• To support, nurture and reframe the conversation around nightlife and the night-time economy in Ireland. 
  • To highlight the economic value and societal benefits of a diverse and vibrant Irish night-time industry.
  • To contribute to the creation of jobs and sustainable indigenous businesses within the night-time industry, and to broaden employment opportunities for those operating in the creative arts. 
  • To ensure that Ireland adopts a more progressive European approach to nightlife, that reflects the wide range of lifestyles and working hours here.

You can follow the campaign and sign up for updates here:

Feminism in Europe and reflections on Ireland’s abortion referendum


Last weekend, I spoke at the European Day/Journées d’été, in Strasbourg, France,  about my work on the Repeal campaign and my reflections on Ireland’s abortion referendum more generally.

The panel, ‘This is My Body’, was convened by Charlotte Soulary from the Green Feminism Commission and included fellow European feminists: Evgenia Giakoumopoulou, founder of the Advocacy Centre on Council of Europe Standards (ACCESS)Daria Marx founder of the Fat Political Collective; and Emmanuelle Josse from the Collective for Feminist Parenting.

Ireland is still celebrating our recent feminist triumph, and the overwhelming mandate received from the Irish people to repeal the Eighth Amendment to the Constitution and to legislate for abortion services. It was clear from this panel’s discussion however, that women’s rights and women’s bodies are still very much a political battlefield across Europe.

According to Evgenia Giakoumopoulou, there is an emerging trend which is seeing far-right movements and religious political parties using gender ideology, paradoxically, as a means to restrict women’s rights. She gives the example of recent developments in Croatia and Bulgaria to renege on the Istanbul Convention – which aims to combat violence against women and domestic violence – with grassroots campaigns in those countries, which are being fronted by women.

Another trend that needs to be addressed, according to Daria Marx, is discrimination against body size. Though this form of discrimination can be targeted at everyone, women are particularly vulnerable through the emphasis that society and the media place on women’s body shape. Marx argues that more should be done from a political perspective to combat this and to make European societies safe for all to participate in without fear of discrimination.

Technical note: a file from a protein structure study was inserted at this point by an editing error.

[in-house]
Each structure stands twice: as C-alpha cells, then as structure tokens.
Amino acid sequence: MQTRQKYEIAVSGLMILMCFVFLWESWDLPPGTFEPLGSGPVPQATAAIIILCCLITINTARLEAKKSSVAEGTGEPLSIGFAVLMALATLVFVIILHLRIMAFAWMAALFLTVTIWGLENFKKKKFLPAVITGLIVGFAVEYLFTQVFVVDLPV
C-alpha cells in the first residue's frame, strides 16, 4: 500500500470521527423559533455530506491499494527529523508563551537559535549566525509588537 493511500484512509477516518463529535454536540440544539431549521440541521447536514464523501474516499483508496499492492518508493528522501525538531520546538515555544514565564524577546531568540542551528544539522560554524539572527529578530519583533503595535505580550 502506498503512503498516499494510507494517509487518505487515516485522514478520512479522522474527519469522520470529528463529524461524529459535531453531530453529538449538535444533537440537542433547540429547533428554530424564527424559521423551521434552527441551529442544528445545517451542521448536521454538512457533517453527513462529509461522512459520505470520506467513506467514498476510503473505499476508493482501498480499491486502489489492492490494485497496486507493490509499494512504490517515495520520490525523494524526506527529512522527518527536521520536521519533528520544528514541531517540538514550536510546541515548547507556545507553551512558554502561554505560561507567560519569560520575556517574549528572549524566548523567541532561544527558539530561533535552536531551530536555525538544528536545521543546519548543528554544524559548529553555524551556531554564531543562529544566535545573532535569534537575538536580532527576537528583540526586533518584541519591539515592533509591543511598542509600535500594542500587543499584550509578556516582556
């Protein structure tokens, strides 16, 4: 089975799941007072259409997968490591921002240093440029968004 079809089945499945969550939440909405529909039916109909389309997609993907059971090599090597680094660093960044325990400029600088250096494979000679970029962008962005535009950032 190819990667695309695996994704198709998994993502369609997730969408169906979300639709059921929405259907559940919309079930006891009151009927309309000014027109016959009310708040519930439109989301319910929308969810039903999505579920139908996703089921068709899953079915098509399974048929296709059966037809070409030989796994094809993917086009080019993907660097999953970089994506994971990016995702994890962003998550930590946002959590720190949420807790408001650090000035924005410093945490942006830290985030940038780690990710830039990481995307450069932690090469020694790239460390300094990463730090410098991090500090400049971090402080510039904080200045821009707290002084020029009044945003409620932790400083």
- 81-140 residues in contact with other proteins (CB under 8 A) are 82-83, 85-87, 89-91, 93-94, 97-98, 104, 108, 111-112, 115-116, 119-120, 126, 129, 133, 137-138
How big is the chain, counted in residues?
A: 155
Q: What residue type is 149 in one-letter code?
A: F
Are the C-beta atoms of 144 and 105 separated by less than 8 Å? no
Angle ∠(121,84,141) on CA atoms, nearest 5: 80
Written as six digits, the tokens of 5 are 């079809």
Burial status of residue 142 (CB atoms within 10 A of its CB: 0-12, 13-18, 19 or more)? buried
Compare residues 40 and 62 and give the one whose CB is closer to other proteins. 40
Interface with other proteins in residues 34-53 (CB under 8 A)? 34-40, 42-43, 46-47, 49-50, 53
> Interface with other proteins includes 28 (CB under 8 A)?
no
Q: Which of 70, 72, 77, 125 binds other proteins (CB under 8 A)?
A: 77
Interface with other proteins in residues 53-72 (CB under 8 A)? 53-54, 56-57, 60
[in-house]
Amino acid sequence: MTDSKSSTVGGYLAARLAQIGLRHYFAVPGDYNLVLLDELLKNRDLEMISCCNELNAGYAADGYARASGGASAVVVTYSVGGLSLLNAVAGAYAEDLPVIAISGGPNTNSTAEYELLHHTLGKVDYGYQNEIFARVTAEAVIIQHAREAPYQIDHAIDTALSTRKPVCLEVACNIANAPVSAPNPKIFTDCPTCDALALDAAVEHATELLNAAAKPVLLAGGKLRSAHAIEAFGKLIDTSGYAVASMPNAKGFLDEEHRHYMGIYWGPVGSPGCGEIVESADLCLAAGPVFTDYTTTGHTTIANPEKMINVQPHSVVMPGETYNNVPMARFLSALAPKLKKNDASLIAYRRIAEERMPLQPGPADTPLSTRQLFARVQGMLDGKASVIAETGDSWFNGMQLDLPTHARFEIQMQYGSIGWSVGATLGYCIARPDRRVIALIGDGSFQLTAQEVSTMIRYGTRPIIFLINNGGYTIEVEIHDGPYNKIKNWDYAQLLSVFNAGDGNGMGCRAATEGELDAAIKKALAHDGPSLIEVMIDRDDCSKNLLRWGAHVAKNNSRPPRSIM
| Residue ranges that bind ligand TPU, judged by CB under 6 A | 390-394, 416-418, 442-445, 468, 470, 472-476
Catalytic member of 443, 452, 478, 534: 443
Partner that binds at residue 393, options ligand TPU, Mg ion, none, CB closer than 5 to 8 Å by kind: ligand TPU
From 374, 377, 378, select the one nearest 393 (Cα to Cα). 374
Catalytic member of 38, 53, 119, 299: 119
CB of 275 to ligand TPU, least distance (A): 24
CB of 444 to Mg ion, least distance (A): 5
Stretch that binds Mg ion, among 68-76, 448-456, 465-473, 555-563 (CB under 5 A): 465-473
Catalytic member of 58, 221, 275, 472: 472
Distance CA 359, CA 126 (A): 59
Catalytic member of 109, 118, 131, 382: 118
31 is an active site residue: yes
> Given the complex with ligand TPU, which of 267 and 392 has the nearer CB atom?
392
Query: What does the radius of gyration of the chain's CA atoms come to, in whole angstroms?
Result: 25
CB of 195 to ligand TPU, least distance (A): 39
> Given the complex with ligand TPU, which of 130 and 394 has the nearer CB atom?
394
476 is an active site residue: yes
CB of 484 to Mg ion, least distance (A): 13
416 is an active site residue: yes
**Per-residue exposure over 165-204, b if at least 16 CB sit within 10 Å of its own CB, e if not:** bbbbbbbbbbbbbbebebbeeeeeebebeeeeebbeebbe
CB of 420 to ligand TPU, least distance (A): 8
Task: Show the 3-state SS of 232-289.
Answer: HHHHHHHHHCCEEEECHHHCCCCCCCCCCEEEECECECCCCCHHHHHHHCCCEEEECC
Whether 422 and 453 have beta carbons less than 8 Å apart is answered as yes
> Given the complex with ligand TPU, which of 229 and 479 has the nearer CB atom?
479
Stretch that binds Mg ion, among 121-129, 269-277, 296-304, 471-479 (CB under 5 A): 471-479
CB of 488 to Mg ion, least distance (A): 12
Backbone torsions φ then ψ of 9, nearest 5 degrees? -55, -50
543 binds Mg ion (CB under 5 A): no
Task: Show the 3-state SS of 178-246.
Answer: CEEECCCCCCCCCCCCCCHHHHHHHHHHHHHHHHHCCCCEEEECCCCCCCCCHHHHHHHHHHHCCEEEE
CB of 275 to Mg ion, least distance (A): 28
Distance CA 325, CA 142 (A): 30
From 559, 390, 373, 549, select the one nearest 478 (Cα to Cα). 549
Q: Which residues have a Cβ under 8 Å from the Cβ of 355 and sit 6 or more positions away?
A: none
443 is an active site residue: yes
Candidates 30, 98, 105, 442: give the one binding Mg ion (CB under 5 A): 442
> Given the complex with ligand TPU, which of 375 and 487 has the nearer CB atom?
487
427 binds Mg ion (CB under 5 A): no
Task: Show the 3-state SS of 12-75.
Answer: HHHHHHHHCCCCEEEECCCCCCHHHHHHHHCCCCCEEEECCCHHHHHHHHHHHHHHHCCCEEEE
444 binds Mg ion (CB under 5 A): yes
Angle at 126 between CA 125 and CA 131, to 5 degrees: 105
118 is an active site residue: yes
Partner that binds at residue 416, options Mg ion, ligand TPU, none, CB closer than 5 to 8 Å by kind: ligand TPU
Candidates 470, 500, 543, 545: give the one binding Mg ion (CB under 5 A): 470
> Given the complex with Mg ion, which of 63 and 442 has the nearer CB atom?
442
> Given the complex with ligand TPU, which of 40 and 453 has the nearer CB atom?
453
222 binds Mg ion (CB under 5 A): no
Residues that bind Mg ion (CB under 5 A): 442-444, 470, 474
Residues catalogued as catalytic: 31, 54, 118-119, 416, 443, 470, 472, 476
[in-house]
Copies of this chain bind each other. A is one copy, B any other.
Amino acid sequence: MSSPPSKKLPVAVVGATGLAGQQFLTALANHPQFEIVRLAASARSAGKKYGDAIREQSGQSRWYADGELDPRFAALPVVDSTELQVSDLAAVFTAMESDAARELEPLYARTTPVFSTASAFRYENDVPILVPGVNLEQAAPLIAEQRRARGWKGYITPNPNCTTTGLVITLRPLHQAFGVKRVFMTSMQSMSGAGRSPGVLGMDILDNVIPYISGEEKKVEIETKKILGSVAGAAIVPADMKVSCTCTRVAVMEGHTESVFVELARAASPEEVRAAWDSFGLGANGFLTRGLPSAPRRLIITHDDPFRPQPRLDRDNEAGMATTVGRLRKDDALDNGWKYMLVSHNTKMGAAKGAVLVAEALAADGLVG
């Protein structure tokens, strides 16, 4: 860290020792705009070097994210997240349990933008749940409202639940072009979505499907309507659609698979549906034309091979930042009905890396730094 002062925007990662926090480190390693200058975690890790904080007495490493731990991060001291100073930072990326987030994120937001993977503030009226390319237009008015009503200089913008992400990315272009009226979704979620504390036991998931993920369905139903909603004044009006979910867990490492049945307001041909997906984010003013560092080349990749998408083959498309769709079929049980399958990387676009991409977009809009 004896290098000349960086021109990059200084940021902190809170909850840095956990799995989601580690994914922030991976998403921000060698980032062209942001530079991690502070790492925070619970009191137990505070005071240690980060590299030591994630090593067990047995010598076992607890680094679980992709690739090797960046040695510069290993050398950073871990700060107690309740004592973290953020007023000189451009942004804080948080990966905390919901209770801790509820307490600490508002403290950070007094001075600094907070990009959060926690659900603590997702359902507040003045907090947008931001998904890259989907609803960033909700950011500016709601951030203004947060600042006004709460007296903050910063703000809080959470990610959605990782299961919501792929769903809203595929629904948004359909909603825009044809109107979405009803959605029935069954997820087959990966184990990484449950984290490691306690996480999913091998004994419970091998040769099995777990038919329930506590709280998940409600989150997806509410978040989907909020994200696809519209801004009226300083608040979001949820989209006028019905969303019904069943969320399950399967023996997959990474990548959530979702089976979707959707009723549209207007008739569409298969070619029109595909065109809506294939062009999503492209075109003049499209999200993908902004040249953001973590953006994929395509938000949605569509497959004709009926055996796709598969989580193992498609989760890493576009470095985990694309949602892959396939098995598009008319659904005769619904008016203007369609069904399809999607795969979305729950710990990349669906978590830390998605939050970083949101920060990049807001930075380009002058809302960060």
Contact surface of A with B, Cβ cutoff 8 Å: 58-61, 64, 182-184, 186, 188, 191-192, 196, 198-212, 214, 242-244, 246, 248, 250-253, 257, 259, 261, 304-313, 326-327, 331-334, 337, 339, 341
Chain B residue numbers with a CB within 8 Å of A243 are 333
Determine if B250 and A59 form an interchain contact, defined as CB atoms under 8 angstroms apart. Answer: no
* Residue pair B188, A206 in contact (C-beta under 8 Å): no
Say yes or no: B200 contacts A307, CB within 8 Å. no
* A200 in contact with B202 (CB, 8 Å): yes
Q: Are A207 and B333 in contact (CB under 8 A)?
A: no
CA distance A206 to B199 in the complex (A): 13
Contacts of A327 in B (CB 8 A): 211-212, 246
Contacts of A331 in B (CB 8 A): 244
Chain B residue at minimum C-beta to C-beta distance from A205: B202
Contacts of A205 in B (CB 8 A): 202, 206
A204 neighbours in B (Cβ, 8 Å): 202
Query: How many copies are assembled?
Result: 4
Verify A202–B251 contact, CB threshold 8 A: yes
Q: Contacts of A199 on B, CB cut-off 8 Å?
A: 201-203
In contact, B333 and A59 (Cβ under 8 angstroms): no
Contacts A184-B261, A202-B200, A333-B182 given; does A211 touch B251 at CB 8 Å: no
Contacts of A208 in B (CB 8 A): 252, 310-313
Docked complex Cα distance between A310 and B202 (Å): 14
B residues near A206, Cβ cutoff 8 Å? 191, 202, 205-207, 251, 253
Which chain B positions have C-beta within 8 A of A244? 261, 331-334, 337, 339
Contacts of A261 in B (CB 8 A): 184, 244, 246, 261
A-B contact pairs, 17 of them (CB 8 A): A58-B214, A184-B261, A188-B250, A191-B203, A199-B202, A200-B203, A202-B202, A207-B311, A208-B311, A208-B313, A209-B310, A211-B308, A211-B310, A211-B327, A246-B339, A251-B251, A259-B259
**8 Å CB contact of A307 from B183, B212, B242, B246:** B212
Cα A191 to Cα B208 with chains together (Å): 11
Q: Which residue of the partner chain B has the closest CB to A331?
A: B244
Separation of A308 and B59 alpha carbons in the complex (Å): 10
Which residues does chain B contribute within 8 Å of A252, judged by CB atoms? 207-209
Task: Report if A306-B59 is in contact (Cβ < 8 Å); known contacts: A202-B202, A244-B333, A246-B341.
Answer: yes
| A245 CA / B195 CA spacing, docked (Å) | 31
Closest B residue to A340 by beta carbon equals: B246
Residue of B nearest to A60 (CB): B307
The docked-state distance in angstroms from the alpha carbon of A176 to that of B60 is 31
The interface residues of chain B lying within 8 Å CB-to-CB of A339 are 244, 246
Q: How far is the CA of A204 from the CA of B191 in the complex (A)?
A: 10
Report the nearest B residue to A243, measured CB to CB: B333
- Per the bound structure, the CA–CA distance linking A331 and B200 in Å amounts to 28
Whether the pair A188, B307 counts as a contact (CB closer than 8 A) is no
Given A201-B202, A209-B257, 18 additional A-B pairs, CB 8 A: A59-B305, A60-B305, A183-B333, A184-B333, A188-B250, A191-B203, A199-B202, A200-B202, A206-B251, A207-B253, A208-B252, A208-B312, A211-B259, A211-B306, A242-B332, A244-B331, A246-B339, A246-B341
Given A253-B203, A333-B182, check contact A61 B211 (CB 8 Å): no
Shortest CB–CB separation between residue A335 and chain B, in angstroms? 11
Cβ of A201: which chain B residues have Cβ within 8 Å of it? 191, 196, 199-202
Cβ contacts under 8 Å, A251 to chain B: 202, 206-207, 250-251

Emmanuelle Josse wants to see more done to encourage a feminist approach to parenting. She argues that this needs to start with societal and political attitudes towards couples and individuals who want to start a family. In particular, work needs to be done right across Europe to legislate and provide for assisted reproductive services for all couples and individuals, regardless of their family status or sexuality.

Although Ireland’s recent referendum is being celebrated by feminists far and wide, Europe still has some way to go when it comes to women’s rights, and we must remember that, even in countries where abortion is legal, it is being challenged. You can watch the full panel (in English and in French) and my talk here with the speaking times listed below:

Column: ‘Bord Bia need to stop asking vegetarians and vegans why we don’t eat meat’ –


“SO, TELL ME why you don’t eat meat?” – it’s the question that, as a lifelong vegetarian and now vegan, I get asked all of the time. The answer to which is constantly evolving, mainly because there are just so many good reasons to reduce your meat and dairy consumption.

Bord Bia, the Irish Food Board have recently decided to invest in research to ‘win back’ vegans and vegetarians. By their own estimations, 8 per cent of the Irish population are vegetarian, and 2 per cent of those are now vegan.

That’s eight per cent of the population – a ready-made market – that our national food board have decided they would rather twist their arms, than cater to their needs. By their own ‘Brexit Barometer’ published just last week, 85 per cent of Irish food producers and farmers are looking to expand their business into new markets. So why are Bord Bia so quick to shun one that is ready-made, and at their doorsteps.

Interfering in national diet

Let us be clear that Bord Bia’s remit is not to prescribe the Irish diet – it’s to support our farmers and food producers, by promoting Irish food, both national and internationally.  Attempts by governments to interfere with the national diet have, in the past, proved catastrophic.